Henry V/Forum Theatre, Malvern

BEARING in mind the nation’s present preoccupations, it’s not hard to see similarities between the machinations of 15th century power struggles and the current Brexit quagmire.

Director Elizabeth Freestone sets out her stall from the outset – the premise that when it comes to things European, nothing has changed.

Whether it’s Harry of England tilting with the French king or Theresa May crossing metaphorical swords with Michel Barnier, only the methods are different.

For longbows and lance, read clipboards and carefully scripted speeches.

Henry V is by far the Bard of Avon’s most powerful play, the richness and intensity of the language easily outstripping all his other works.

And in the hands of the Shakespeare at the Tobacco Factory theatre company, the result is truly electrifying.

Ben Hall as Henry charges ahead with banners flying and trumpets blasting. He storms every breach, gloriously delivering the immortal lines that have echoed across the world for the last 400 years.

Sometimes speaking in a whisper, but usually with a roar, this lion of Albion can’t wait to tear into the French and take what he believes rightfully belongs to him.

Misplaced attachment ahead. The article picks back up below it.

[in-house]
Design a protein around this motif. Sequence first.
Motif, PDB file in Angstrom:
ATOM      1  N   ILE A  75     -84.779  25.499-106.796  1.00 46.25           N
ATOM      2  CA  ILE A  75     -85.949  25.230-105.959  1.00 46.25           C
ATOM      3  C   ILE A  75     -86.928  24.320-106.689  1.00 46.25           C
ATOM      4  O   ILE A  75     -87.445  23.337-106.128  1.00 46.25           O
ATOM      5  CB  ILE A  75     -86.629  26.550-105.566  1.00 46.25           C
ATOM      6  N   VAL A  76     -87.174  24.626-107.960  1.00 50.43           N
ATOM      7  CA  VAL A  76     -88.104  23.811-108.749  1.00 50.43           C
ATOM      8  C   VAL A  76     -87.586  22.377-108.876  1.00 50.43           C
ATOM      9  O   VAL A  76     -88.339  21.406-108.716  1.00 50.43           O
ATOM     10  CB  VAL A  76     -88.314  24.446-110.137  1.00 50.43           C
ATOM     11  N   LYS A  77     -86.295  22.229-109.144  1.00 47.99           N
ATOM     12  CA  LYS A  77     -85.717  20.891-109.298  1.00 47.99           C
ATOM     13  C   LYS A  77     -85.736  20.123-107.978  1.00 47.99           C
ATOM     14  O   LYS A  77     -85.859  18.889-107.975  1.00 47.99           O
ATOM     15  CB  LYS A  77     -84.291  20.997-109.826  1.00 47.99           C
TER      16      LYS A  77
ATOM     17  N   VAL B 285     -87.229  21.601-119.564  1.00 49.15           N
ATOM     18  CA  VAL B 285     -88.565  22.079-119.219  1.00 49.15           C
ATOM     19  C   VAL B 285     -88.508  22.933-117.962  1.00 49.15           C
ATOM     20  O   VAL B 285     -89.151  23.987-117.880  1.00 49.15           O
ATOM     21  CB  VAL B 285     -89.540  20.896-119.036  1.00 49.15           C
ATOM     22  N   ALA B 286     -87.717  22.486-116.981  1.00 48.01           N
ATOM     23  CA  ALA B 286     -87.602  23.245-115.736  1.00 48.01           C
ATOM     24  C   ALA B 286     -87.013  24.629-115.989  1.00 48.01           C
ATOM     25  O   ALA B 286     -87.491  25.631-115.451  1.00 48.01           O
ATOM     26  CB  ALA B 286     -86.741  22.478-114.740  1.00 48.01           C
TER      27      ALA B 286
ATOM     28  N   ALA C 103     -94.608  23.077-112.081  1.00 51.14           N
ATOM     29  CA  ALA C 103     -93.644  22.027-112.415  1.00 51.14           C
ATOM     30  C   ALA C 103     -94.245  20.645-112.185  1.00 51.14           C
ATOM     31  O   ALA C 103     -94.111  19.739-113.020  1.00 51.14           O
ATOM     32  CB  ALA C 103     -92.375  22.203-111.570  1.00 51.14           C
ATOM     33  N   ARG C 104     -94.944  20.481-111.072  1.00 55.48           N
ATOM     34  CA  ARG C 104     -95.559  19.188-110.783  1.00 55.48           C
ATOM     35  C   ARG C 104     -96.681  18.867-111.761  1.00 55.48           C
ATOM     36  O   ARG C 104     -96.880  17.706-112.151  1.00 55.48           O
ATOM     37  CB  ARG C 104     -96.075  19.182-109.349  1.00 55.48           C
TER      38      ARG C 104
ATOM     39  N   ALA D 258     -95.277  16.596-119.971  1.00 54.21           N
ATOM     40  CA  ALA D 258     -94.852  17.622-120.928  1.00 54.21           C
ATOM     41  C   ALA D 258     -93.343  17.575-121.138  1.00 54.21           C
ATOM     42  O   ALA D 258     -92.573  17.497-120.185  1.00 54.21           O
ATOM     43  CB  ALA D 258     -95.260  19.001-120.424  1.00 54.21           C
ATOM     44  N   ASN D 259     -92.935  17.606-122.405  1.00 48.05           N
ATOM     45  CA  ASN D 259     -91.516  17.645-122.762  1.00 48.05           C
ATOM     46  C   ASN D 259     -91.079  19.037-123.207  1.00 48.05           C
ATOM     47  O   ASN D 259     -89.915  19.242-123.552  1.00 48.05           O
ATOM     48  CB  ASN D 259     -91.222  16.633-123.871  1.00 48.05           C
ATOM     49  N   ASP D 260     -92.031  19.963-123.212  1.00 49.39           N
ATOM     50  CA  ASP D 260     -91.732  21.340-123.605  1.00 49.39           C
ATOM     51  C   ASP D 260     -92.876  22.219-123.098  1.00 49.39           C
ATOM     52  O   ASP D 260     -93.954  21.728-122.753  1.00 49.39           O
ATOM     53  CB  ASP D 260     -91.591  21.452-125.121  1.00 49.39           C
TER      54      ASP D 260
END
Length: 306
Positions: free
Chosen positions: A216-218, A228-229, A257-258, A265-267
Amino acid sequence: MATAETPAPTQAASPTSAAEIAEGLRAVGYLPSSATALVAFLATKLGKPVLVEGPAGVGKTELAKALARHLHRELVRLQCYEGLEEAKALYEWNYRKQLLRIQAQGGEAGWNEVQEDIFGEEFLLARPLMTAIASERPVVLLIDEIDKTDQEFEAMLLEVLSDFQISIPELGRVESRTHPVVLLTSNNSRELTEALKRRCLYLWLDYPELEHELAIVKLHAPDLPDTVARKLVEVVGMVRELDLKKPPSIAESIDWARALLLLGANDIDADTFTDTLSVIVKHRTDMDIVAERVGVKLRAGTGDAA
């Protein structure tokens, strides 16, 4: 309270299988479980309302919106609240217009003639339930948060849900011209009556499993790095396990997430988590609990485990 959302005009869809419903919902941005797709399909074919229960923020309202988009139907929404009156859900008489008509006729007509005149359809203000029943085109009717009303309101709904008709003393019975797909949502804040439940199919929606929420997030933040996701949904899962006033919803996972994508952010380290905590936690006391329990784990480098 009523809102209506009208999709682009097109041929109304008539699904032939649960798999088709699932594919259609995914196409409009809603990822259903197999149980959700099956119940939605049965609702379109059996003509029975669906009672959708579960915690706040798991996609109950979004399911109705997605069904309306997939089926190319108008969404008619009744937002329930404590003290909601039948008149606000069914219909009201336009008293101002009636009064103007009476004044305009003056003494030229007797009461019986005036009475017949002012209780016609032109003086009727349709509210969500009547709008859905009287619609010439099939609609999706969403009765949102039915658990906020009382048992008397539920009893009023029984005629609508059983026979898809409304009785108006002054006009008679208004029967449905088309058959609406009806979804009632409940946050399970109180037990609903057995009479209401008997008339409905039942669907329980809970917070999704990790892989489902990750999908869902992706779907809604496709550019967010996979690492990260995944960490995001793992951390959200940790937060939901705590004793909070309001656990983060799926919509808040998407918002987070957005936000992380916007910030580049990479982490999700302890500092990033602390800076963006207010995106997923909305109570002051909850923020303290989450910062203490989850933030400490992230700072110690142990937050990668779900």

Ironically, a later confrontation with Heledd Gywnn’s wonderfully shrew-like Katharine will possibly prove to be an even greater battle.

Only the cool-headed Exeter (Alice Barclay) seems to have the situation weighed up, nevertheless uneasy as a dwindling English army becomes decimated by exhaustion and disease.

Alan Coveney is Henry’s opposite number across the Channel, and excels as a pinch-faced ruler confident that the English dogs will soon scurry back across the water with tails between legs.

Unfortunately for him, almost the entire French nobility are about to be wiped out in less than two hours on a muddy field called Agincourt.

Meanwhile, Joanne Howarth supplies the narrative like some Plantagenet Kate Adie reporting from a foreign field.

Henry V is nothing if not a parable of national resolve against all the odds. Maybe Theresa May should buy a ticket.

It runs until Saturday (October 27).

John Phillpott